Executive business coach Pat Roberts says many people make the mistake of being so happy to land a good job that they take their foot off the accelerator and let the engine idle.

“No-one else will benefit from thinking about your next career move and what you need to do to get there. It’s all up to you. If you’re satisfied to just take home a salary at the end of each month, then you are actively choosing not to stretch yourself to your full potential. And if you do this, how will you ever discover how great you could be?” asks Roberts.

She says the following are red flags that your career isn’t progressing:

  • You’ve been doing the same job for as long as you can remember and you have no idea where your career is headed.
  • You are bored, uninspired and restless at work. Your current projects or responsibilities don’t interest you and you don’t give it your all.
  • You haven’t learnt anything new or felt challenged in a long time.
  • There are no opportunities for career development, education or improving your skills.
  • You haven’t received a pay raise or a promotion in a long time.

How to take stock of your career 

 The first step to regaining control of your career is to determine what you want to achieve. Don’t only consider remuneration, but contemplate what type of company you’d like to work for, what role you’d like to be in, how much responsibility you would like and how much flexibility your ideal job would offer.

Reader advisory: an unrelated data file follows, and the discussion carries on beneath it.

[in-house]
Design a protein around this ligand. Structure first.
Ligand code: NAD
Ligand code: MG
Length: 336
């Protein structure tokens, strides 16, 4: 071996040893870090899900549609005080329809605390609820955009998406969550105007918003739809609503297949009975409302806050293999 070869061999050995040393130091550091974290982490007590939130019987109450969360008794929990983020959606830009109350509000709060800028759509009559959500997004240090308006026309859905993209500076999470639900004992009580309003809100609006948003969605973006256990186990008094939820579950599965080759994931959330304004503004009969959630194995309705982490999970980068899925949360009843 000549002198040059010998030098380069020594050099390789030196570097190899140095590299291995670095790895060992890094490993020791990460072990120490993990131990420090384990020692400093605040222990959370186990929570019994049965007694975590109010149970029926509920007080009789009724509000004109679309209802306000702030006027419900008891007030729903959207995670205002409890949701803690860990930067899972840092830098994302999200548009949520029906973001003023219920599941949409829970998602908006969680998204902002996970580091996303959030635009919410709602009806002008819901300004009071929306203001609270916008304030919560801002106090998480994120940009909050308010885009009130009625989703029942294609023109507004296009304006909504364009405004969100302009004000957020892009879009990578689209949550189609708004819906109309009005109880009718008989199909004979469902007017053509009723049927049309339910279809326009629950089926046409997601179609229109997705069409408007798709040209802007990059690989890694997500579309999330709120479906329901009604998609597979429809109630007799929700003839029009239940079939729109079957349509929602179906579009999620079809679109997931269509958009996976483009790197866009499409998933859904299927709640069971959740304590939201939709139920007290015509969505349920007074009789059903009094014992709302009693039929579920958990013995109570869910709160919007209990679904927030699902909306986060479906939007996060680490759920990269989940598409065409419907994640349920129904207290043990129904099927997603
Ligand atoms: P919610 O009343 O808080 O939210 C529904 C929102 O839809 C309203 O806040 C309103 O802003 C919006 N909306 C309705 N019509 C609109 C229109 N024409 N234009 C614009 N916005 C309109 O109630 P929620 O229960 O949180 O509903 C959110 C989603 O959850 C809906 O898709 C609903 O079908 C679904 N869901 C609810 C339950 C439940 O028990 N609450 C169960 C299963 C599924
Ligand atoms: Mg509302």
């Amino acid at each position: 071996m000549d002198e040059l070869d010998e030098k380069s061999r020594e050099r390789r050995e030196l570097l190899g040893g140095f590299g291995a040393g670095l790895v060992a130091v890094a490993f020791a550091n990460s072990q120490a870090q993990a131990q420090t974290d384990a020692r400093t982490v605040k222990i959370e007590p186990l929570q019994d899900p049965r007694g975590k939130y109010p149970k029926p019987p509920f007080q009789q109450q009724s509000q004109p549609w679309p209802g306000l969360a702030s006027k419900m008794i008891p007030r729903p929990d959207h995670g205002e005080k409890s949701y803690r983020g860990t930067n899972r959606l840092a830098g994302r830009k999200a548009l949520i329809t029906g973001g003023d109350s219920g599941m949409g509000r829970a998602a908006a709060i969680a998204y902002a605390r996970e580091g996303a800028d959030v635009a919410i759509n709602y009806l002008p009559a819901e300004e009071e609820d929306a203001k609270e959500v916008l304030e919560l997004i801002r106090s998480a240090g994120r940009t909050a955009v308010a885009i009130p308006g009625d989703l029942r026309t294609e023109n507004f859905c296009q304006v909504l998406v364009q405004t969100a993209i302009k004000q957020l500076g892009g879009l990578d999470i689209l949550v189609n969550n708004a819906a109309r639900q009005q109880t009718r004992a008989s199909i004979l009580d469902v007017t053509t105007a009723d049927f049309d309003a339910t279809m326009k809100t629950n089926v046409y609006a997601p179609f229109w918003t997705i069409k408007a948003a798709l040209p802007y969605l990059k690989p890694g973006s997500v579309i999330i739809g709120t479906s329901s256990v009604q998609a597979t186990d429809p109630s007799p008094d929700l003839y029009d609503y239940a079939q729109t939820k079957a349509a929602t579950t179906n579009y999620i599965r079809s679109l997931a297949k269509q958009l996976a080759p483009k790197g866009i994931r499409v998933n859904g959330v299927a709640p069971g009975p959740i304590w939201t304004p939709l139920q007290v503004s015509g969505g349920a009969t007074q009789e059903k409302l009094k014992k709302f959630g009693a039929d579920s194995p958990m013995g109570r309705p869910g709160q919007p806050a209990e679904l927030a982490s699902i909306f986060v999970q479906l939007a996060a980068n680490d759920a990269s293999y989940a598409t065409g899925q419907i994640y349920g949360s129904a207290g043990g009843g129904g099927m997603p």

Once you have considered your career plan and you know what you are aiming for, you should develop an action plan that should cover:

  • Education and experience: Consider what you could do to get you closer to achieving your goal. It could be registering to do a course, reading more industry news or offering to take on additional responsibilities.
  • Career steps: If you are looking to take on a managerial role, aim to demonstrate your abilities or volunteer to head up projects. It’s important to consider what steps are required for you to achieve your ultimate goal.
  • Consider where you want to work: Make a list of companies you would like to work for and research each one. It’s important to know what they look for so you know what you are working towards.
  • Utilise your contacts: Consider people you know who work for those companies. Make a spreadsheet of everyone you know who could potentially be an influencer in your career. Divide them into people you should keep in touch with every month, every quarter or every year.
  • Network: Find ways to connect with people in an authentic way that will be pleasant or value-adding for the other person. You need to build a powerful group of people who know about you and your skills and who look out for you.
  • Go after opportunities: Stay abreast with industry trends and news to ensure that you don’t miss out on any opportunities. Update your LinkedIn profile regularly and apply for jobs or promotions.

“Once you have an action plan, revisit it at least every three months. Keep your goals firmly in mind and continuously compare your performance against your career plan,” advises Roberts.

She adds that you need to be determined in pursuing your plan. “If you haven’t taken at least one active step in your plan each year, then you’re not trying hard enough. Keep doing things that are strategically targeted to move you towards your career goals – and you will get there!”